According to recent data, the region encompassing Latin America and the Caribbean is home to 2457 jet aircraft and 2588 turboprops, which represents almost 15% of the world’s fixed wing business turbine fleet. Mexico, with 851 and Brazil, with 824 business jets have the second and third-largest business jet fleets after the U.S. who carry a fleet of almost 12,000 altogether.
“The LAC business jet fleet growth and LAC GDP growth have been essentially expanding in tandem over the last 10 years, averaging about a 3.9-percent compound annual growth rate (CAGR)–faster than North America,” said Rolland Vincent Associates president Rolland Vincent. “The 50/50 balance between business jets and turboprops in the LAC fleet is in contrast to the worldwide jet/turboprop mix outside the region, which favors business jets by 1.5:1.”
According to Vincent, the LAC region has the highest concentration of business jets – 4.52 per 1000 High Net Worth Individuals (HNWIs), amounting to more than three times the world average of 1.44 and ahead of the U.S. at 2.87, making the LAC region ripe for business growth and an ‘attractive’ step-up market for the larger corporate jet manufacturer.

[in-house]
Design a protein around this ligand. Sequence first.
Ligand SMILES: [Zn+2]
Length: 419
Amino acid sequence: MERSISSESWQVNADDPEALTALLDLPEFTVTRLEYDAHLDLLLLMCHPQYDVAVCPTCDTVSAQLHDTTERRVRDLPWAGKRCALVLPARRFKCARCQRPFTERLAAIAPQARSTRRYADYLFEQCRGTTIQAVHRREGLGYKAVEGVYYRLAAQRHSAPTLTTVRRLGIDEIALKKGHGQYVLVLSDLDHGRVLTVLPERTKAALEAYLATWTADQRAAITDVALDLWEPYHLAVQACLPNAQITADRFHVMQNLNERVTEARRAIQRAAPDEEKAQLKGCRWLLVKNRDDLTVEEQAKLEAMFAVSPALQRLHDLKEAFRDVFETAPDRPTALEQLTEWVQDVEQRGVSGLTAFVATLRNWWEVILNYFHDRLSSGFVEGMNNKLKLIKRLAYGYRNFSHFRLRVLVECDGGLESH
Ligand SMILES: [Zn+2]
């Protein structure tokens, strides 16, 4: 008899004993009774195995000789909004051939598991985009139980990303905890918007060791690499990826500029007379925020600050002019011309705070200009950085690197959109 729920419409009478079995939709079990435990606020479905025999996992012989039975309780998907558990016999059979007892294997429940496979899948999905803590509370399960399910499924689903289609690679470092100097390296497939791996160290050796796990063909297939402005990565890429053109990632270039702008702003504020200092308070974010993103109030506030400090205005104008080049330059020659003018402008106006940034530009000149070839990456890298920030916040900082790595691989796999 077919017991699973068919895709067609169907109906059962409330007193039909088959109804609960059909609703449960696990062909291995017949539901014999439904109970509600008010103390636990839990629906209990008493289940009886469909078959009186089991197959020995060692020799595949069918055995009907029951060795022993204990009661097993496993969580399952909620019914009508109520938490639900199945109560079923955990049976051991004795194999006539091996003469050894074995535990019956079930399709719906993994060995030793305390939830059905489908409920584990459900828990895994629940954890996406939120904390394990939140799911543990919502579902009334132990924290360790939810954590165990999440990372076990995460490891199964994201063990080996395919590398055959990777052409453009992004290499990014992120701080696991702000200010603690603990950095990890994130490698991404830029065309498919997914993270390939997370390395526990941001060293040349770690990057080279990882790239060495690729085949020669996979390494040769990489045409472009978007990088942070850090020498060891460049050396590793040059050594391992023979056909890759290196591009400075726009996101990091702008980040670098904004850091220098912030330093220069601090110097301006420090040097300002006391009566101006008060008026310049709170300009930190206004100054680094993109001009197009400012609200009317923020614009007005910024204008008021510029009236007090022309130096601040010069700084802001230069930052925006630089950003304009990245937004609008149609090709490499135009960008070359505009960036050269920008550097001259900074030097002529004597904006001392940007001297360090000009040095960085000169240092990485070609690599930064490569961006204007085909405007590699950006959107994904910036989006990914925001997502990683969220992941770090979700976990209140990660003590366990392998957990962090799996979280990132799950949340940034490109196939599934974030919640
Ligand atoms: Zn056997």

This is because, he said, that the average business jet fleet age is approximately 19 years old and 54% of the fleet is in the light jet aircraft segment. The growing number of HNWI’s in the region shows positivity in terms of the potential sales over the next 5 years as the world average age of corporate aircraft is around 16 years old.
Brazil’s business aircraft fleet expansion has been helped by the rising prominence of ‘homegrown’ Embraer, Vincent said. “The fastest-growing OEM, Embraer has established a particularly strong base and loyal following amongst LAC aircraft owners and operators, growing its fleet by 16.5-percent CAGR worldwide since 2008, and capturing more than 7-percent share of the LAC business jet fleet as of mid‐2014.”